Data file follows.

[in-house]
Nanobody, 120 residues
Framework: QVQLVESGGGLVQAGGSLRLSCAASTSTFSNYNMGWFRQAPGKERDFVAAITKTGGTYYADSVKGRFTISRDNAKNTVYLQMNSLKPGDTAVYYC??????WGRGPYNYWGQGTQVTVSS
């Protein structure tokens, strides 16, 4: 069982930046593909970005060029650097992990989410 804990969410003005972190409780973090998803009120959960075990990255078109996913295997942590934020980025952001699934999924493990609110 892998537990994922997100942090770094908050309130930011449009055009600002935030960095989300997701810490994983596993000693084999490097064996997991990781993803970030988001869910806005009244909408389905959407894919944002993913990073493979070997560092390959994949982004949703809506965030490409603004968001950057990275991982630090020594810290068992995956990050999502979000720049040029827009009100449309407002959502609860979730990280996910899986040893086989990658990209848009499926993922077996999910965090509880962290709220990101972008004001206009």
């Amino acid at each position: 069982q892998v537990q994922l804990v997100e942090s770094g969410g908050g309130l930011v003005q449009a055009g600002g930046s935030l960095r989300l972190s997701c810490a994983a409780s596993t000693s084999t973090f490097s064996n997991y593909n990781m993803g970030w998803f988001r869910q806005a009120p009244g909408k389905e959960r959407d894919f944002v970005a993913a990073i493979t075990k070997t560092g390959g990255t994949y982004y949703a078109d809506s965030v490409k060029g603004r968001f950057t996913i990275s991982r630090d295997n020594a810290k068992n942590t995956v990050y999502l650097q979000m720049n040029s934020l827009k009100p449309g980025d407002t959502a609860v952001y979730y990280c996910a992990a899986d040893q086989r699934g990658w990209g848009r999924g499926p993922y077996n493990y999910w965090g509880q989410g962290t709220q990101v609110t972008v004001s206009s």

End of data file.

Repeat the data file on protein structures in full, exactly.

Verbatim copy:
[in-house]
Nanobody, 120 residues
Framework: QVQLVESGGGLVQAGGSLRLSCAASTSTFSNYNMGWFRQAPGKERDFVAAITKTGGTYYADSVKGRFTISRDNAKNTVYLQMNSLKPGDTAVYYC??????WGRGPYNYWGQGTQVTVSS
């Protein structure tokens, strides 16, 4: 069982930046593909970005060029650097992990989410 804990969410003005972190409780973090998803009120959960075990990255078109996913295997942590934020980025952001699934999924493990609110 892998537990994922997100942090770094908050309130930011449009055009600002935030960095989300997701810490994983596993000693084999490097064996997991990781993803970030988001869910806005009244909408389905959407894919944002993913990073493979070997560092390959994949982004949703809506965030490409603004968001950057990275991982630090020594810290068992995956990050999502979000720049040029827009009100449309407002959502609860979730990280996910899986040893086989990658990209848009499926993922077996999910965090509880962290709220990101972008004001206009």
């Amino acid at each position: 069982q892998v537990q994922l804990v997100e942090s770094g969410g908050g309130l930011v003005q449009a055009g600002g930046s935030l960095r989300l972190s997701c810490a994983a409780s596993t000693s084999t973090f490097s064996n997991y593909n990781m993803g970030w998803f988001r869910q806005a009120p009244g909408k389905e959960r959407d894919f944002v970005a993913a990073i493979t075990k070997t560092g390959g990255t994949y982004y949703a078109d809506s965030v490409k060029g603004r968001f950057t996913i990275s991982r630090d295997n020594a810290k068992n942590t995956v990050y999502l650097q979000m720049n040029s934020l827009k009100p449309g980025d407002t959502a609860v952001y979730y990280c996910a992990a899986d040893q086989r699934g990658w990209g848009r999924g499926p993922y077996n493990y999910w965090g509880q989410g962290t709220q990101v609110t972008v004001s206009s």